Bittersweet Mixology: The Importance of bitters behind the bar
Have you ever asked yourself what is that strange looking small brown bottle with the funny paper label that doesn’t fit is?
That’s Angostura Bitters, one of the oldest and best-known brand of bitters on the market. Australia is one of the highest selling markets for Angostura bitters thanks to our love of a Lemon Lime & Bitters.
There's been a boom in bitters in recent years, not only in sales, but also in availability and diversity, with more and more craft bitters available.
But what are bitters? Why are they so important? And where do you start with them in your bar?
Firstly, where did bitters come from?
Rumour has it that they existed in an early form in China, as early as 7000 BC! It was actually aromatic bitters that helped make the first and most basic cocktails when drinks were often taken to settle the stomach and nerves. It was said in the early 1800’s, that a cocktail is defined by the use of bitters, sugar, water and spirit.
Another iconic bitters brand is Peychaud’s – both this and Angostura were originally created in the 1820s as medicinal tonics for the cure of a stomach ache. But, during the prohibition years many bitters companies went out of business, with Angostura just surviving, according to bitters expert, Mark Bitterman.
What makes bitters, bitters?
Craft cocktails and rediscovering lost classics have caused a resurgence of the use of bitters in cocktails today. But, what exactly does it consist of, this curious little drink?
Mostly, aromatic bitters are an infusion and maceration of barks, roots, berries, flowers and often other parts of plants in a neutral grain alcohol. These days there are several hundred differing flavours of bitters on the market, all ranging in diverse combinations of ingredients, using spices, nuts, fruits, and vegetables.
Punchdrink.com hits the nail on the head when they say; “what has been described as the salt and pepper of the cocktail world has transformed into an entire spice rack.”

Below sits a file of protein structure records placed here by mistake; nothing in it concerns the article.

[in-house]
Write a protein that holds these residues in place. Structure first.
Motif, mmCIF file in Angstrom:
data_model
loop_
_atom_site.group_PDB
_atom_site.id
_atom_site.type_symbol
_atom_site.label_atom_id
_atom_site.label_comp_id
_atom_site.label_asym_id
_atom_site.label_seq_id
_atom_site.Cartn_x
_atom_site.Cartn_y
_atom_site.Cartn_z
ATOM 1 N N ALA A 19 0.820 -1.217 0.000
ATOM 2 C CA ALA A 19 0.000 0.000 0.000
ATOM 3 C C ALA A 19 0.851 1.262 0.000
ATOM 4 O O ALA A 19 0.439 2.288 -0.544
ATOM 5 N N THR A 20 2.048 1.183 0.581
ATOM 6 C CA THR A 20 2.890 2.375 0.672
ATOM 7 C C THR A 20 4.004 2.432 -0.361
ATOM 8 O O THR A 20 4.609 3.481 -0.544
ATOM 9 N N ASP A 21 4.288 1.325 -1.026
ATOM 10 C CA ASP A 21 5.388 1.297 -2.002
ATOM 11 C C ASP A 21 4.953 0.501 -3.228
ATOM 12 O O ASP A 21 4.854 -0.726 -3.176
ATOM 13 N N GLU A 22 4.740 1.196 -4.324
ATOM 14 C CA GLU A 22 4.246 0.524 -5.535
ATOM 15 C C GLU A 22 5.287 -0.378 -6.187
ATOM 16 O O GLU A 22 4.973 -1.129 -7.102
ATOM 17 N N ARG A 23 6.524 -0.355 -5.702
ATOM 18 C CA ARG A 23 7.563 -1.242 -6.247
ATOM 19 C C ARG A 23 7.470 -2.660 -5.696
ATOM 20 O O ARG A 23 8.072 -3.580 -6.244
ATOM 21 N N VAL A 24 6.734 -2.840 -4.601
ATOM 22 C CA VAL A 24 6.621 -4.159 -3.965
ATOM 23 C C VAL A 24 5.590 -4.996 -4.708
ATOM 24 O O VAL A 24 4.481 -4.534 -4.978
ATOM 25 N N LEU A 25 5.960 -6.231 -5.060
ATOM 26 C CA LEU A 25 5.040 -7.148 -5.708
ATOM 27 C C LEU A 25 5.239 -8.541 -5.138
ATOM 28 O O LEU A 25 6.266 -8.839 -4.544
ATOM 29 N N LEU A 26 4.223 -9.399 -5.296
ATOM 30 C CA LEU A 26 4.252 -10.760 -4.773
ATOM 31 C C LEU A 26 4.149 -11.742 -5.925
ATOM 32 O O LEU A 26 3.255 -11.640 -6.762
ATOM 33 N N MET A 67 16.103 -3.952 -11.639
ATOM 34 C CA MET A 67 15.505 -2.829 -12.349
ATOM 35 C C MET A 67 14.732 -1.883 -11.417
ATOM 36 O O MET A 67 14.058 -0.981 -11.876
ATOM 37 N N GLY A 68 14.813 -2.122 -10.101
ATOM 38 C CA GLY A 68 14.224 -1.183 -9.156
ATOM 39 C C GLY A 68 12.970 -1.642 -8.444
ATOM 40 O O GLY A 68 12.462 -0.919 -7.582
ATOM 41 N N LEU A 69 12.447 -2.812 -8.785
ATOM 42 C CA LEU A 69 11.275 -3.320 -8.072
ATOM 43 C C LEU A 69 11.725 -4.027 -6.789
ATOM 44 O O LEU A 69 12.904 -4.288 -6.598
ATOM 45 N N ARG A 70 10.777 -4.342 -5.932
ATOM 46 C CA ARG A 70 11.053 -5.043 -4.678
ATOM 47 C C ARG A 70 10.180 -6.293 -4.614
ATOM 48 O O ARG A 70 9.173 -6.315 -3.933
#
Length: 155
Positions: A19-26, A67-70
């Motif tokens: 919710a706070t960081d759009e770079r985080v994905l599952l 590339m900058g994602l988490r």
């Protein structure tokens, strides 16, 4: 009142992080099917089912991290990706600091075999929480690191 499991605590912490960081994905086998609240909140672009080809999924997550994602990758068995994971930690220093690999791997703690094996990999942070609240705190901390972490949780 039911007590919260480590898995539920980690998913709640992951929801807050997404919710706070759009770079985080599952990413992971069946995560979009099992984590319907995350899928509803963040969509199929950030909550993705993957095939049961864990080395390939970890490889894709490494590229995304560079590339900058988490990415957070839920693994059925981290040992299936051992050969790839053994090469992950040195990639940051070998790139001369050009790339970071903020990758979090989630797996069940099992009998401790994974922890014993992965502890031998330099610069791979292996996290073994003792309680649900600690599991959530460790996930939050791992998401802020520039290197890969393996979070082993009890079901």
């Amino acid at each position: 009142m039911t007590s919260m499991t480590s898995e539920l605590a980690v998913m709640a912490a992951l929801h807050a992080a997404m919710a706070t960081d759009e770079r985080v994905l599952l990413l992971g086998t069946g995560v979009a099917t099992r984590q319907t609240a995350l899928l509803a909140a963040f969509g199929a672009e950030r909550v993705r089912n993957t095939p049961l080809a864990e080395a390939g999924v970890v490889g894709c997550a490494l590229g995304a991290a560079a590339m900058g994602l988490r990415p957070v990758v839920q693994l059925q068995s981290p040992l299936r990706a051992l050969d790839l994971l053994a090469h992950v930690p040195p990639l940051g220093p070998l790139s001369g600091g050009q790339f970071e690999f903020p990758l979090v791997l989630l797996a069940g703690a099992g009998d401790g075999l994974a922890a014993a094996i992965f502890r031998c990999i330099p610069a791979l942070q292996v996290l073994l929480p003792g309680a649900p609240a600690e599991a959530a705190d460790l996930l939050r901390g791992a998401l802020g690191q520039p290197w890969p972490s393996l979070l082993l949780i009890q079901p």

And the reason is that, just like the salt, pepper, herbs and spices we add to our cooking, bitters might only make up a tiny portion of the ingredients, but if you don’t include it when it’s needed, then your cocktail maybe lacking in complexity.
In fact, it is often said to be more noticeable by its absence than by its presence. The bitters actually triggers our taste buds and therefore makes a cocktail more enjoyable.
How to use bitters
While some mixologists are testing out new styles of cocktails with crazy amounts of bitters, the usual method is to add a ‘just a dash or two’. Some classics are:
- Manhattan - rye whiskey, sweet vermouth and Angostura bitters.
- Old Fashioned - sugar (or sugar syrup), Angostura bitters, whiskey and a splash of water
- Sazerac - Cognac, sugar, Peychaud’s bitters and absinthe.
Much like other unsung heroes of cocktail making, bitters has a really interesting history and continue to be an essential bartending ingredient.
What about the bitters bottle?
Bottles vary between brands, meaning you can't get a consistent pour each time. Also the bottles they come in, are designed for mass production and are generally flawed. Using a sturdy, durable and top-quality bottle design, your can avoid the common problems of lids falling off and, more importantly, inconsistent measures.
Über bar tools bitters bottles have a screw top, stainless steel lid, and are designed to provide a consistent pour, which guarantees a better cocktail. A lot of bartenders prefer to decant the bitters into the Bitters bottle for aesthetic and functional reasons. The bitters bottle design comes in a range of sizes, plus the tempered glass bottle boasts a classic design which will looking stunning behind the bar.
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